How we think and act together

Philosophical Psychology 30 (3):298-314 (2017)
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Abstract
In this paper, I examine the challenges socially extended minds pose for mainstream, individualistic accounts of social cognition. I argue that individualistic accounts of social cognition neglect phenomena important to social cognition that are properly emphasized by socially extended mind accounts. Although I do not think the evidence or arguments warrant replacing individualistic explanations of social cognition with socially extended explanations, I argue that we have good reason to supplement our individualistic accounts so as to include the ways in which situational context affects social interactions. The result, I hope, is a more sophisticated individualism that offers a more comprehensive account of how we think and act together.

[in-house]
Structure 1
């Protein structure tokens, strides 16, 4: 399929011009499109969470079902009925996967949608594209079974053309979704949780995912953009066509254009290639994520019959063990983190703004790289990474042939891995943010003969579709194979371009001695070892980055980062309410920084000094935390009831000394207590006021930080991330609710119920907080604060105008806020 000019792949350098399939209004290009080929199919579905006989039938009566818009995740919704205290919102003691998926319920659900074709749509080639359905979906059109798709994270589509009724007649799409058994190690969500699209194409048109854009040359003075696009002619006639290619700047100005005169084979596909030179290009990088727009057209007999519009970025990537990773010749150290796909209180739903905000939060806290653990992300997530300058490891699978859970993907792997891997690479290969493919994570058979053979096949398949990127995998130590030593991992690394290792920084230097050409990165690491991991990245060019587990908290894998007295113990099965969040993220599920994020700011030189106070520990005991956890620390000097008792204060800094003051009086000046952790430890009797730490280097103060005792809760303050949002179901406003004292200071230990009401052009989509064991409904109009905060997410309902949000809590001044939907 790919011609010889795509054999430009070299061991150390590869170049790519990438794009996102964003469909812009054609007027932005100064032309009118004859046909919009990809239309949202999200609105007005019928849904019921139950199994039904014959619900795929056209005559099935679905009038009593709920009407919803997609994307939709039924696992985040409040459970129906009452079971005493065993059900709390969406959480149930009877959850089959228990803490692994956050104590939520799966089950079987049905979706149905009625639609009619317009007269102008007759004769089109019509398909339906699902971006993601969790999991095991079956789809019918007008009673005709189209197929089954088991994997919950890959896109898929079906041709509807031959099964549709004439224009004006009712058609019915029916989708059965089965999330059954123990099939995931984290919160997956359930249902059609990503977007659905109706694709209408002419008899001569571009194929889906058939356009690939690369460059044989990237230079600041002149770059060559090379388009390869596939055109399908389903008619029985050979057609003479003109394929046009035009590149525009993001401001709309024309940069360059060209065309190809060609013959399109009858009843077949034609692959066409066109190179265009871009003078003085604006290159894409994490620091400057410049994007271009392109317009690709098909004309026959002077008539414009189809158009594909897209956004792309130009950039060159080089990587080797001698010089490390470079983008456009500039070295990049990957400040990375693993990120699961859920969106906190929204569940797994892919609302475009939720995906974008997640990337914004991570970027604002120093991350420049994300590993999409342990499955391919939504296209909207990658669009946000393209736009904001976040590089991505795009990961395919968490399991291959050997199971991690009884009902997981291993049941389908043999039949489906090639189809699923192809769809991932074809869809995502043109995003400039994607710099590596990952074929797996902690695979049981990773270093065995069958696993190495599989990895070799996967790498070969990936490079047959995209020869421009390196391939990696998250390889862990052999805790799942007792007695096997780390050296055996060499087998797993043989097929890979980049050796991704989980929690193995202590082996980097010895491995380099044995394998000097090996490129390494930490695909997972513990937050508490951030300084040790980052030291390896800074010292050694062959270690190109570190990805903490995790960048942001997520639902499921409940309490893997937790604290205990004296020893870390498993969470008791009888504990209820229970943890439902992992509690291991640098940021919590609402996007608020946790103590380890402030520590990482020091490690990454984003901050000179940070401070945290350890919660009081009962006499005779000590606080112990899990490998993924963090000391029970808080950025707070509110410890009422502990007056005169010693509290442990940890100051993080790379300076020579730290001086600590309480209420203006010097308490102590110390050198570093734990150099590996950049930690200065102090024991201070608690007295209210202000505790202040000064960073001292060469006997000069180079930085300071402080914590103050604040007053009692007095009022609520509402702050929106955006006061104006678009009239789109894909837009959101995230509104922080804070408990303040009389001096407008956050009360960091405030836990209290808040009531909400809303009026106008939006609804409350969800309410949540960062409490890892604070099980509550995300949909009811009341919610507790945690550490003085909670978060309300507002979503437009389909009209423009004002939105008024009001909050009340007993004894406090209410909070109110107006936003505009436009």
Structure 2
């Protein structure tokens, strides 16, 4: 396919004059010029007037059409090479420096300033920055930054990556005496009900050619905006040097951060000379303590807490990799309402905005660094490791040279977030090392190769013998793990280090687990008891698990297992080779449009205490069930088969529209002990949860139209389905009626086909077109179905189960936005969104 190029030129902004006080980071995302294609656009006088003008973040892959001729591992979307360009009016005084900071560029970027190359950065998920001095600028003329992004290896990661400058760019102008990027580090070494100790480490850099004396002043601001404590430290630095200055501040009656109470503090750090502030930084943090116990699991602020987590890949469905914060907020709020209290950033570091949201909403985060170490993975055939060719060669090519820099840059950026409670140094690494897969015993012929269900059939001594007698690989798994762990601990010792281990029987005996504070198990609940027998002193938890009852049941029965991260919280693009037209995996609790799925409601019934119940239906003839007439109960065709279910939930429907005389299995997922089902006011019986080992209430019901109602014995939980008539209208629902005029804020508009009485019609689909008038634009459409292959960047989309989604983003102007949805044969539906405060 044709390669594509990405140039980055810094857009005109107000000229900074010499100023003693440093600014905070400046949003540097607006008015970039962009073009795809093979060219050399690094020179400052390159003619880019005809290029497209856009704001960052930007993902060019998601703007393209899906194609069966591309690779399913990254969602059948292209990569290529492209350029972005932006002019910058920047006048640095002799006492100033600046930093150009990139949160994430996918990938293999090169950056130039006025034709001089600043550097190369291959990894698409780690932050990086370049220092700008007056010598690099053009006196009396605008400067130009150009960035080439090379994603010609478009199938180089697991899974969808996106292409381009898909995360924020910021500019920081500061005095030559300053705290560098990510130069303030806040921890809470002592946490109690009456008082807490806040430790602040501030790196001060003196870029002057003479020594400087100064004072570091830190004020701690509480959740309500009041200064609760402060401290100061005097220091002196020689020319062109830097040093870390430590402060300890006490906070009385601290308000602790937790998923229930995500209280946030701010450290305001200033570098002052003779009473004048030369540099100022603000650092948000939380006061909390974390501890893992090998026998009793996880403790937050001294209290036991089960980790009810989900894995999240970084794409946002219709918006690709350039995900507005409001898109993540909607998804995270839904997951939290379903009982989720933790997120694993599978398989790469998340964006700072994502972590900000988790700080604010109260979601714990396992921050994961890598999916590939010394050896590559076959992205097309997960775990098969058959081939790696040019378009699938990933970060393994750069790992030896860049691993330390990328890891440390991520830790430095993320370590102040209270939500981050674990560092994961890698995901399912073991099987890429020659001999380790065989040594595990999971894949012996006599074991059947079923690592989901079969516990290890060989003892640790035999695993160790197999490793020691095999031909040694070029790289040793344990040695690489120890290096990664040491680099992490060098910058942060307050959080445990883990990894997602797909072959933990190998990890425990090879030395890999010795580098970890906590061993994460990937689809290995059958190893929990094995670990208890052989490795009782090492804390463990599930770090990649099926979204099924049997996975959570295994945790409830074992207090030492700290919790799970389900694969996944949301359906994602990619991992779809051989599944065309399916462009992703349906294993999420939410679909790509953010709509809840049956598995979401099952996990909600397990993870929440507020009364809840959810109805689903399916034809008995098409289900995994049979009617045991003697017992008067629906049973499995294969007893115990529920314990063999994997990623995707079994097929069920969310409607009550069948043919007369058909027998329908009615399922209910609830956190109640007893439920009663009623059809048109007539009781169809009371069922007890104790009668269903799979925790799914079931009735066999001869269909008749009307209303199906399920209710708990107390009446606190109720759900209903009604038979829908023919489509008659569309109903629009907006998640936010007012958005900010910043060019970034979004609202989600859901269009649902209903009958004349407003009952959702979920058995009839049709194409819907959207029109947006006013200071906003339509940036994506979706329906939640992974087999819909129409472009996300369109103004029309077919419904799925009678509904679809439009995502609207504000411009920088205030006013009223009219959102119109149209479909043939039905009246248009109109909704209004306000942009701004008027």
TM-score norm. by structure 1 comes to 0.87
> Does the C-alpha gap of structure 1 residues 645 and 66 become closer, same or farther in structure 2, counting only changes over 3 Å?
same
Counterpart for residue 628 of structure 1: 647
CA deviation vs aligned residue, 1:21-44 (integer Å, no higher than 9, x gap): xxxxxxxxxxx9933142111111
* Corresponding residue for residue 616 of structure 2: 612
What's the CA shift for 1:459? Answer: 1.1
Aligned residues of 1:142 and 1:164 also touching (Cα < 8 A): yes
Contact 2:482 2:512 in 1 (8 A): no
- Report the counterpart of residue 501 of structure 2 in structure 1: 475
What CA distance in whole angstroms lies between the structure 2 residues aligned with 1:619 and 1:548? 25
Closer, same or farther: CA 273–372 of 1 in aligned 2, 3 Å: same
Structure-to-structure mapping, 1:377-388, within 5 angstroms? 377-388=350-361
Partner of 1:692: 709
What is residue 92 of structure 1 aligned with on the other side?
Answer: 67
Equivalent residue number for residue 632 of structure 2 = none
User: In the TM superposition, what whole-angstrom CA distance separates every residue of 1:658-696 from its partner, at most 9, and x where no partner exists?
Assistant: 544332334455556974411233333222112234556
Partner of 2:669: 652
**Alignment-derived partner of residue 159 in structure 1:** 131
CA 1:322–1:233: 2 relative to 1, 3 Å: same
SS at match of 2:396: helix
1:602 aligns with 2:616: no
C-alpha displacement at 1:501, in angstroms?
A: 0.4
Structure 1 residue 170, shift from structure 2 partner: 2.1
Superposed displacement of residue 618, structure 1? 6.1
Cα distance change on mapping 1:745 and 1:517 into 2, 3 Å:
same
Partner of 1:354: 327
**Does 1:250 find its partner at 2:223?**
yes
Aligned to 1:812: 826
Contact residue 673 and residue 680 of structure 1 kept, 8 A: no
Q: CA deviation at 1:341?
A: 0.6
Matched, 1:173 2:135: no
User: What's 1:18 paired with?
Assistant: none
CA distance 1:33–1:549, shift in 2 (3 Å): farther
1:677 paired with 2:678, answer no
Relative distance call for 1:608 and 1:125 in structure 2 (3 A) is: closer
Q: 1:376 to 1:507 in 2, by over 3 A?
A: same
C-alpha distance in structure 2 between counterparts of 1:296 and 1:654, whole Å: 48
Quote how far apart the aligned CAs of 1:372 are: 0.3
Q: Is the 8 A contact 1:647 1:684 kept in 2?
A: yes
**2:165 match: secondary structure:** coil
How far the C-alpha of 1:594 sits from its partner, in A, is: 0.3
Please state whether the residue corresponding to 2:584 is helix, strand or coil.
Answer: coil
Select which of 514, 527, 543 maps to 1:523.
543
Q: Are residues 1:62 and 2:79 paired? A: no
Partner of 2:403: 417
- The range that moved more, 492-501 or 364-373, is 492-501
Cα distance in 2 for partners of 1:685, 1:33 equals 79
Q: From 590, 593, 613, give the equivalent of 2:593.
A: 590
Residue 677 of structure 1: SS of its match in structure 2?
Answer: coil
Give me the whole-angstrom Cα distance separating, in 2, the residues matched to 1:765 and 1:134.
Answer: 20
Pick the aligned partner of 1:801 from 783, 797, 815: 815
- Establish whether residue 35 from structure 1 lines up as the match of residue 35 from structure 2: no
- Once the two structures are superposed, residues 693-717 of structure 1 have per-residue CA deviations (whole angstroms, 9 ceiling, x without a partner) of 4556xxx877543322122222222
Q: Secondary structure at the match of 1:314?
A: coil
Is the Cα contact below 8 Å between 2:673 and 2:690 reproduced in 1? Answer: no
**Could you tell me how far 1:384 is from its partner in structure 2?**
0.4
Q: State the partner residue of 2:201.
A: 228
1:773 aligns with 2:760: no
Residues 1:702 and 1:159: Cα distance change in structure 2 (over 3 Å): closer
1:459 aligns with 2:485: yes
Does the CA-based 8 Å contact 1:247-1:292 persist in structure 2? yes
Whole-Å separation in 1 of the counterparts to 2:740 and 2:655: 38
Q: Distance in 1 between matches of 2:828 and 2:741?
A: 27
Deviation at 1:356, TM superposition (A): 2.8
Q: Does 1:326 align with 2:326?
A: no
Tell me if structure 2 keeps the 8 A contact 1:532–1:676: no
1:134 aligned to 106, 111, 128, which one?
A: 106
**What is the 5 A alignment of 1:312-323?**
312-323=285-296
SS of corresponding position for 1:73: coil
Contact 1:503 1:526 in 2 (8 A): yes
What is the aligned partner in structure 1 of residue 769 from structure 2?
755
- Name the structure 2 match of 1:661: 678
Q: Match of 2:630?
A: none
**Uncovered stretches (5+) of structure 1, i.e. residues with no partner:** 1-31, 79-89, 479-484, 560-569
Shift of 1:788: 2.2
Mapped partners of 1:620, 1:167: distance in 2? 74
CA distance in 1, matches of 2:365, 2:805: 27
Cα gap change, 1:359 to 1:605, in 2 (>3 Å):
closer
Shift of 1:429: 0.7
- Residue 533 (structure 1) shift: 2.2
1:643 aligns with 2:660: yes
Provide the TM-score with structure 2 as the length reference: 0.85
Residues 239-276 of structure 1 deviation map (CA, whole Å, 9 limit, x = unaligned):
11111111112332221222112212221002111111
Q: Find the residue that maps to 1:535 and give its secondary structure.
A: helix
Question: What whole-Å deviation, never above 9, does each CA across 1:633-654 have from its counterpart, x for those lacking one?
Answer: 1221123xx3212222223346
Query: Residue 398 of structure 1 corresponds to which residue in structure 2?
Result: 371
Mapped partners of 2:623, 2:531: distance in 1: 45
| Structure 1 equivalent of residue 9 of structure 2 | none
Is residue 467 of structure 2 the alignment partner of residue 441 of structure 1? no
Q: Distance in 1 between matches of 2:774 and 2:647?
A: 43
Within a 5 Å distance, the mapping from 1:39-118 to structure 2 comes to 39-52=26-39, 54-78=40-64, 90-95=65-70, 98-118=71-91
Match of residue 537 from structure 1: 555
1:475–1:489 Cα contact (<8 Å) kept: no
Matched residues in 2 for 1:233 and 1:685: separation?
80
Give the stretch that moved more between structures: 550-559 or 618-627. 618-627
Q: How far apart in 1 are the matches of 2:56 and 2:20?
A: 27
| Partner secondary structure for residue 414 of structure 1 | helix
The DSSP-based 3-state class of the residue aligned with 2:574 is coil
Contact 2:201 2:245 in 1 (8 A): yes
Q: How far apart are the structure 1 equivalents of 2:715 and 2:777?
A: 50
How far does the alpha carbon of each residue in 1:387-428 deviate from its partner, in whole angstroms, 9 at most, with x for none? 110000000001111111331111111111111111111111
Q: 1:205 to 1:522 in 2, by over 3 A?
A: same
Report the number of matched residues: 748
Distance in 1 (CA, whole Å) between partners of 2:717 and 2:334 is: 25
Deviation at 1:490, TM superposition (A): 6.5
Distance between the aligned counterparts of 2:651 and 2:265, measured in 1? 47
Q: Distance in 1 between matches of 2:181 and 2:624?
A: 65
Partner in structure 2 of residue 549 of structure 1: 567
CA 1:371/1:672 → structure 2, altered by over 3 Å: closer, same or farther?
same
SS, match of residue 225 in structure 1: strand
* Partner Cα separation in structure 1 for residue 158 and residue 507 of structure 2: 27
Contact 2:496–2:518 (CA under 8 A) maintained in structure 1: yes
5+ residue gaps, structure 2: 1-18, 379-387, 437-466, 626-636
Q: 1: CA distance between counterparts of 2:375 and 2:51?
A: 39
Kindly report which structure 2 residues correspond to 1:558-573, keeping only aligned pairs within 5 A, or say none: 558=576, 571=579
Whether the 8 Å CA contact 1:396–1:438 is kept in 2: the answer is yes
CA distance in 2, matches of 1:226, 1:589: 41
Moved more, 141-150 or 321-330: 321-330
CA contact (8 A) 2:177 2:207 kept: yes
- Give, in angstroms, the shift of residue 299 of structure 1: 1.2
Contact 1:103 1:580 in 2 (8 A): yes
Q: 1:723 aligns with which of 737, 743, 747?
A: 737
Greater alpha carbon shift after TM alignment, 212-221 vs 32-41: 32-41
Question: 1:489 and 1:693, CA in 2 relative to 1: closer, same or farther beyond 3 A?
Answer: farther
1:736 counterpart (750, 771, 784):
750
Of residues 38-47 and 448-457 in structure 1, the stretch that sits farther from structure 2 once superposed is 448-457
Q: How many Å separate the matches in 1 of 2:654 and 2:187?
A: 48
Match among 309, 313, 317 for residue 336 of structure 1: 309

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Archival date: 2016-06-29
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References found in this work BETA
Can Social Interaction Constitute Social Cognition?De Jaegher, Hanne; Di Paolo, Ezequiel & Gallagher, Shaun
Mind Misreading.Spaulding, Shannon

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2016-06-29

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